At the forefront of our minds today are the obvious signals of violence – the terror and crime, civil unrest, and national and international conflict. Is there a need for us to look beyond visible and obvious violence? Can we possibly, for once move away from the violence performed by a visible and identifiable agents or people?

There is another form of violence, a silent violence, a symbolic violence and a rhetorical violence, that embodies itself in language and various other forms. Violence, before it is physical, it is rhetorical. And it is that rhetorical violence which materializes itself in a physical violence. No one is a born terrorist or suicide bomber. No one is a born criminal or a murderer.

How can we fight such kind of violence that is so embedded in our society that we don’t even notice it? And often people who fight terrorism, end adapting and operating from that same premise as their opposition, they end up sacrificing precisely what they want to defend. People who fight to establish democracy end up being anti-democratic and act as dictators. Both terrorist and anti-terrorist groups fight to establish freedom and it is precisely that freedom they both end up forsaking in the process.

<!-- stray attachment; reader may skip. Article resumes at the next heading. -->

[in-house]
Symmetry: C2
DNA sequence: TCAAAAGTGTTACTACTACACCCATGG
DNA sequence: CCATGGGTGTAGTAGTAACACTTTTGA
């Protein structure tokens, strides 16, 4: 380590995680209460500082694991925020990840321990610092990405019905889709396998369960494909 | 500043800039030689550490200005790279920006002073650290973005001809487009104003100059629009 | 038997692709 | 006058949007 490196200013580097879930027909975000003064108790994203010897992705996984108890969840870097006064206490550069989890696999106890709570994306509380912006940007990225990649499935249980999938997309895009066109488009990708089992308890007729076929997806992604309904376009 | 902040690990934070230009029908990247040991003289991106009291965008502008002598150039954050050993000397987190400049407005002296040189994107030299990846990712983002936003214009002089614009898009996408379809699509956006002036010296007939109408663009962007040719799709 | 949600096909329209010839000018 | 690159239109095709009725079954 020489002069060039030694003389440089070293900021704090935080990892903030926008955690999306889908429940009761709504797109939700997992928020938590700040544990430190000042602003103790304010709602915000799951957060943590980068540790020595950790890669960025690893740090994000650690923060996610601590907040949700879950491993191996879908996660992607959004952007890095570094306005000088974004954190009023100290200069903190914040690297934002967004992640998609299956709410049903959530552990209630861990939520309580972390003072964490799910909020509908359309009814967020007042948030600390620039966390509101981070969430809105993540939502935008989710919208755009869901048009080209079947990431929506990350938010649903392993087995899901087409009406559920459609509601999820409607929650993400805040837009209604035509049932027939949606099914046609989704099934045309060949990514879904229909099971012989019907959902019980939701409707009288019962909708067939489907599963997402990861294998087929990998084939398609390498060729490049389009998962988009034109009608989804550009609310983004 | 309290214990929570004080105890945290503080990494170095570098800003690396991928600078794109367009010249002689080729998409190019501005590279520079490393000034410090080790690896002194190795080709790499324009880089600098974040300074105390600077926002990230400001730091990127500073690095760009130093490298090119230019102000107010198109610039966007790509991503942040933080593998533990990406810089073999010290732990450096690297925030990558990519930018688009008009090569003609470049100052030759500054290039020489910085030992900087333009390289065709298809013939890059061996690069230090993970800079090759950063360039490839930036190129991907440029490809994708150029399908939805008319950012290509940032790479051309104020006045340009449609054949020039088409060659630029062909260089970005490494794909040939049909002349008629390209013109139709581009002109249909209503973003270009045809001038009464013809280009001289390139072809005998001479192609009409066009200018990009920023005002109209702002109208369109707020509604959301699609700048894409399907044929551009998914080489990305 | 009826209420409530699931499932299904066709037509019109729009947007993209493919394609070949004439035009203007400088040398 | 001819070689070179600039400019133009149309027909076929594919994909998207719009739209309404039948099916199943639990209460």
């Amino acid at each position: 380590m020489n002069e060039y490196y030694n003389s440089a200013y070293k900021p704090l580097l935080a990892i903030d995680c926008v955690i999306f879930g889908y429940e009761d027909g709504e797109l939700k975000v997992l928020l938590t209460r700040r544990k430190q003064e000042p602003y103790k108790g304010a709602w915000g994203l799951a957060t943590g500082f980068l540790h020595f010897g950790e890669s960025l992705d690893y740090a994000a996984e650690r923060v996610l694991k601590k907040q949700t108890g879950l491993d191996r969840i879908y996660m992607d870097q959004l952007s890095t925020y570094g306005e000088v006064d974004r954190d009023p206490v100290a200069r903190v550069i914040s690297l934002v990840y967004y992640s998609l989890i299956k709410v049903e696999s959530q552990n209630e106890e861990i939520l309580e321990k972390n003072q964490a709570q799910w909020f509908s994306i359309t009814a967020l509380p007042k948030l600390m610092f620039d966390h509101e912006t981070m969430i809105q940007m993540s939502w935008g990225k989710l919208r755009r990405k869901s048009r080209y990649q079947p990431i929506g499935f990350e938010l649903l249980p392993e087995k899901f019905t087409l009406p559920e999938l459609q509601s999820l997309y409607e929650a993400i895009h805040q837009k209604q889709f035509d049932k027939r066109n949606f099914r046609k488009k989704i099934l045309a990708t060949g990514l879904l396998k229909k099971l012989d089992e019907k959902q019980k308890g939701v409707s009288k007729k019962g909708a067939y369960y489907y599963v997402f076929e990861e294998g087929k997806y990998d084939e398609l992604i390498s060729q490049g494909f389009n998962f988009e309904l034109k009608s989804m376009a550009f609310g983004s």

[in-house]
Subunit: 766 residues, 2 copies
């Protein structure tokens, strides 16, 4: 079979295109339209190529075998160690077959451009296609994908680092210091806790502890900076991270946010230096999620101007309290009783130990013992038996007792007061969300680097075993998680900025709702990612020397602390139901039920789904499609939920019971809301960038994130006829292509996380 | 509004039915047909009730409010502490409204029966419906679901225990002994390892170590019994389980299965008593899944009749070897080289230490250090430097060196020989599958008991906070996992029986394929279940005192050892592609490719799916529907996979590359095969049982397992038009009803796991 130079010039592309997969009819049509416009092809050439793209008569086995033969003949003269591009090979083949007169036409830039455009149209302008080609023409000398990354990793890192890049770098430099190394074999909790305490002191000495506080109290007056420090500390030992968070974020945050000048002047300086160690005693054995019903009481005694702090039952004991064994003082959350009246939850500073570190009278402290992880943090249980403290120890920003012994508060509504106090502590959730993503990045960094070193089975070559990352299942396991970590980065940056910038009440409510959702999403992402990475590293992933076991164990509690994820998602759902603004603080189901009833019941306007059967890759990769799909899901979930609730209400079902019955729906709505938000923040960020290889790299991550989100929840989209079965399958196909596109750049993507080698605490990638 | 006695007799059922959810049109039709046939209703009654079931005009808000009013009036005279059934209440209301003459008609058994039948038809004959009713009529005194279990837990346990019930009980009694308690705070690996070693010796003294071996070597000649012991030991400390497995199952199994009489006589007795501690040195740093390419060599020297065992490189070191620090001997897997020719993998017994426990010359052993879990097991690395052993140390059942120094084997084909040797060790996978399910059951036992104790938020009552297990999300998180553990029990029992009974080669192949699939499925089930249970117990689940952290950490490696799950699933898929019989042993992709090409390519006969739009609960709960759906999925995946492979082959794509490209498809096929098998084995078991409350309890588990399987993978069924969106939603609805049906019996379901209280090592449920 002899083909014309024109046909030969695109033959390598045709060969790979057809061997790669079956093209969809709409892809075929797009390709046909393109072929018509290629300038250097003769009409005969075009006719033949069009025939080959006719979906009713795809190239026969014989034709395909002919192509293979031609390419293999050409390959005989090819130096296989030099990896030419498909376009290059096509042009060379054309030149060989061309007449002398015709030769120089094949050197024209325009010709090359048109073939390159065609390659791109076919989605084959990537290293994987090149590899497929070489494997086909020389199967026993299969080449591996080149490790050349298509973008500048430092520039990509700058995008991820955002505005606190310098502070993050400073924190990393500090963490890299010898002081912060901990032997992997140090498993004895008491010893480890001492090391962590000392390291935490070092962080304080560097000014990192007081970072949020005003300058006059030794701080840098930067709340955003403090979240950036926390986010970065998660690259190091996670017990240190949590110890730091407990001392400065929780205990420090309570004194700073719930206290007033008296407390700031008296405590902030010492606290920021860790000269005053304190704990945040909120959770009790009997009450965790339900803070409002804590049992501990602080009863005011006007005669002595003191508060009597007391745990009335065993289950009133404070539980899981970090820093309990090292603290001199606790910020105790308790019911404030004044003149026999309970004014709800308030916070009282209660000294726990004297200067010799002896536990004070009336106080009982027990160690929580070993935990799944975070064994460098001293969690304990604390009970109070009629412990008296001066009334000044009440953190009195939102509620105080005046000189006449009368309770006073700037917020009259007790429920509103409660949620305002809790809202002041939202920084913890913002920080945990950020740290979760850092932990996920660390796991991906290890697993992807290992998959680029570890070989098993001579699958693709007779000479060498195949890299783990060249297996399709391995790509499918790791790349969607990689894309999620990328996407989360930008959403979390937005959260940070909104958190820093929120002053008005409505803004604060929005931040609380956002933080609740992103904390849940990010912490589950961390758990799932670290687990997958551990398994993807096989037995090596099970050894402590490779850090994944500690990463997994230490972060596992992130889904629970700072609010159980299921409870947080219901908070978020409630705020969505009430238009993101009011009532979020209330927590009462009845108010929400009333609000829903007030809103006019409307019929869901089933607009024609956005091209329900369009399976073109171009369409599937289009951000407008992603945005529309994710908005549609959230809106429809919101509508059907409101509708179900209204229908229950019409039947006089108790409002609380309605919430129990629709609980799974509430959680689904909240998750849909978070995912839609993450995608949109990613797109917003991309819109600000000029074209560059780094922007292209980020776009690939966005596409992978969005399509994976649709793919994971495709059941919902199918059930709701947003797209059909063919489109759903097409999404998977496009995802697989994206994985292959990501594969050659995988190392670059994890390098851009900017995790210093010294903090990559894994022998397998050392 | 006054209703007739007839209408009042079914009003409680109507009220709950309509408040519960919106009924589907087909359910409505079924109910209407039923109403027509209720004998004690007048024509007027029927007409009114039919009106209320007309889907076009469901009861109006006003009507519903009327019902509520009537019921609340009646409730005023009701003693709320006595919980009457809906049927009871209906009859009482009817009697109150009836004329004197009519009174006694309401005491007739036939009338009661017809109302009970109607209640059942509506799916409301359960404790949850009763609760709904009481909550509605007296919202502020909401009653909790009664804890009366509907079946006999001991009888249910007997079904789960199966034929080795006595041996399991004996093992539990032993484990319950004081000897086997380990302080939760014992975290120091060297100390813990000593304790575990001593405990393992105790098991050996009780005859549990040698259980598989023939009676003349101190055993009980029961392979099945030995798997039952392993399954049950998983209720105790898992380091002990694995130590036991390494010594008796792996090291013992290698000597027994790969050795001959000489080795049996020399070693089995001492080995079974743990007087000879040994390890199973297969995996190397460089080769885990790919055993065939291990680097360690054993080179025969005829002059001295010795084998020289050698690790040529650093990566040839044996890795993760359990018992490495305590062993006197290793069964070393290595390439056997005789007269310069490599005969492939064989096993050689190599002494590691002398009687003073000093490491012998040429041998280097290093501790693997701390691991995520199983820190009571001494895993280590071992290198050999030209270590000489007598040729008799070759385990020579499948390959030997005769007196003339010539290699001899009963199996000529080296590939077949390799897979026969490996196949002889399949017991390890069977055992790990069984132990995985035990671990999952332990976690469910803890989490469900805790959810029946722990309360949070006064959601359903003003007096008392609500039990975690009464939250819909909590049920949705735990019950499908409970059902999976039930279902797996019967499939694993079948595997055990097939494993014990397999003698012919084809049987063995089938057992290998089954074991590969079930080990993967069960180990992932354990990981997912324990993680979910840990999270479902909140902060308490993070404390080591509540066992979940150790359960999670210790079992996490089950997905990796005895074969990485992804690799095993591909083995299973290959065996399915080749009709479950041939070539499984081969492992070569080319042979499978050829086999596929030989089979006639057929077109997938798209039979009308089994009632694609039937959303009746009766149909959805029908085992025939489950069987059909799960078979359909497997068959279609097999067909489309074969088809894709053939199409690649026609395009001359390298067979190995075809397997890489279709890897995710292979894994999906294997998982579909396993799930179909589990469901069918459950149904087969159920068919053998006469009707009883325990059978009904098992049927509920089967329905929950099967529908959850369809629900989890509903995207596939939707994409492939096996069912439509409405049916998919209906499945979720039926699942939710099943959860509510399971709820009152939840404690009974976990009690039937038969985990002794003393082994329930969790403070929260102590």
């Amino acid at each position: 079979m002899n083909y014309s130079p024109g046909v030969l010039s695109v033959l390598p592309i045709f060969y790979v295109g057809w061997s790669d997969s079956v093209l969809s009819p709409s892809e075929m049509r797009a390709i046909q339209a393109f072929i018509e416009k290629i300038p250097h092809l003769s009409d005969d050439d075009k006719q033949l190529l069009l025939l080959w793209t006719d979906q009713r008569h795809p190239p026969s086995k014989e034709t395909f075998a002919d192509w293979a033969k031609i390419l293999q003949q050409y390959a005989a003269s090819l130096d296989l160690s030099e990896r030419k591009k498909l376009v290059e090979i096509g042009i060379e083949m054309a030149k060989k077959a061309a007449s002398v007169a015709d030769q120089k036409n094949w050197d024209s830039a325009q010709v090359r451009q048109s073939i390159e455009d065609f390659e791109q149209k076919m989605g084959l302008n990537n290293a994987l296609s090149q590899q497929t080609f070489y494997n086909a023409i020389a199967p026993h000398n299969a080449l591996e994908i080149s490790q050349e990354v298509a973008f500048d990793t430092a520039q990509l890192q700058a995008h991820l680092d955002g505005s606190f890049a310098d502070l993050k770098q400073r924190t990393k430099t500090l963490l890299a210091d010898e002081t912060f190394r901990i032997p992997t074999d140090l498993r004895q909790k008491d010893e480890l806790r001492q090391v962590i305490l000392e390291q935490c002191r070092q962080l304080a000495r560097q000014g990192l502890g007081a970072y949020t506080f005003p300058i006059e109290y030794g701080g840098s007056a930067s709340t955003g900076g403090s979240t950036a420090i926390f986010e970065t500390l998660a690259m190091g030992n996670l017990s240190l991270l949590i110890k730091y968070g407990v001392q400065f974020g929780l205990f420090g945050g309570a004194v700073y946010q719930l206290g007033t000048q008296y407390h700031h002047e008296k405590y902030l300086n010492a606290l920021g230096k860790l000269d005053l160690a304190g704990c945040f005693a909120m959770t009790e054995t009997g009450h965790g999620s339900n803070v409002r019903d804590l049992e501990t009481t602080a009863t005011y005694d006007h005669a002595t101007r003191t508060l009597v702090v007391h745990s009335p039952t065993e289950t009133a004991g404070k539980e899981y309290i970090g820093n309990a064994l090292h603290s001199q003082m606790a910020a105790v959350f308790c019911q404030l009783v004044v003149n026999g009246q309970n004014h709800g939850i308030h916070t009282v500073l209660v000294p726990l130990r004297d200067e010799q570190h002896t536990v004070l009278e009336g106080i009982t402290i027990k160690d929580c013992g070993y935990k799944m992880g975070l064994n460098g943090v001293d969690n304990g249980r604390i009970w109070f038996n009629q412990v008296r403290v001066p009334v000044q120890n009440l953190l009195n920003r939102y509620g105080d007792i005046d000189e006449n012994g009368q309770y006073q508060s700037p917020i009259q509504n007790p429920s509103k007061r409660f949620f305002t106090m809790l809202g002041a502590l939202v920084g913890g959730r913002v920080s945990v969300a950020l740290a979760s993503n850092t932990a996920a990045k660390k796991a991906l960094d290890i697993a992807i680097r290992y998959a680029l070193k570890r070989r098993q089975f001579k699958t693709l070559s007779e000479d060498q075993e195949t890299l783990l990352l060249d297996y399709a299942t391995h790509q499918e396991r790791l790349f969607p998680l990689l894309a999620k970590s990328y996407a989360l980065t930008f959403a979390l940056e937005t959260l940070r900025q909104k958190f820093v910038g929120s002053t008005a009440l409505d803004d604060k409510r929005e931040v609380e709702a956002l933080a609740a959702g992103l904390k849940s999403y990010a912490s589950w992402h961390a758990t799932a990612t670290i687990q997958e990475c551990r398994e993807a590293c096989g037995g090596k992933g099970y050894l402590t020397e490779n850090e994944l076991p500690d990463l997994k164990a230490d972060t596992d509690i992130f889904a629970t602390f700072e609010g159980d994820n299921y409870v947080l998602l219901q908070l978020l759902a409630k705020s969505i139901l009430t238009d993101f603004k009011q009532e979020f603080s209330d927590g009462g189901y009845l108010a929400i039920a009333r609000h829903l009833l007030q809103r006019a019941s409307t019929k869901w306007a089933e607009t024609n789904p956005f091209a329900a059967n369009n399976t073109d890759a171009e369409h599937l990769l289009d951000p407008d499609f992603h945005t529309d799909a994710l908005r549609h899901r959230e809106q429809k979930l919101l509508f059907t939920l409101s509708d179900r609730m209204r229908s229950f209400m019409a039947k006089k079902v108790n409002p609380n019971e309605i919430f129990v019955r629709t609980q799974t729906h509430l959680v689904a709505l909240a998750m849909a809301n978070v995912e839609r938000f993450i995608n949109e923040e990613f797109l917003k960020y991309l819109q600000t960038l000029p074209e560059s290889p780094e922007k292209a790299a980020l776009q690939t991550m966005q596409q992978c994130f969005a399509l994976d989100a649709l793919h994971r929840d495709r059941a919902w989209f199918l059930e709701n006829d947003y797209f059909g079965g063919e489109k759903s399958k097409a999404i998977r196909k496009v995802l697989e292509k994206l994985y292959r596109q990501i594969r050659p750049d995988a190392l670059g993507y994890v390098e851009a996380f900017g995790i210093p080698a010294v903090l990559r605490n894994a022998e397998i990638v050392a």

Religious Islam must not be equated with fundamentalist Islam, neither should we hold ourselves back from understanding the causes, that generates, both Islamic fundamentalist and Islamic fundamentalism. Remember anyone who pursue this task without making such distinction is “charged guilty of Oreintalism”, as suggested by Edward Said.

Bin Laden will be remembered in somewhat opposing ways, both as a terrorist and as a freedom fighter, as a murderer and as martyr.

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14 Responses to Invited Post on the Death of Osama bin Laden by Abhishek Solomon

  1. katargeo says:

    I agree that we need to separate political Islam from religious Islam. In America we need to do what we did in Japan. We did not forbid the practice of Shintoism there after WWII, but we banned all political forms of it. In America we need to deport immediately any Imam or leader or follower who ever mentions Jihad in any way or pushes political Sharia Law.

    • peddiebill says: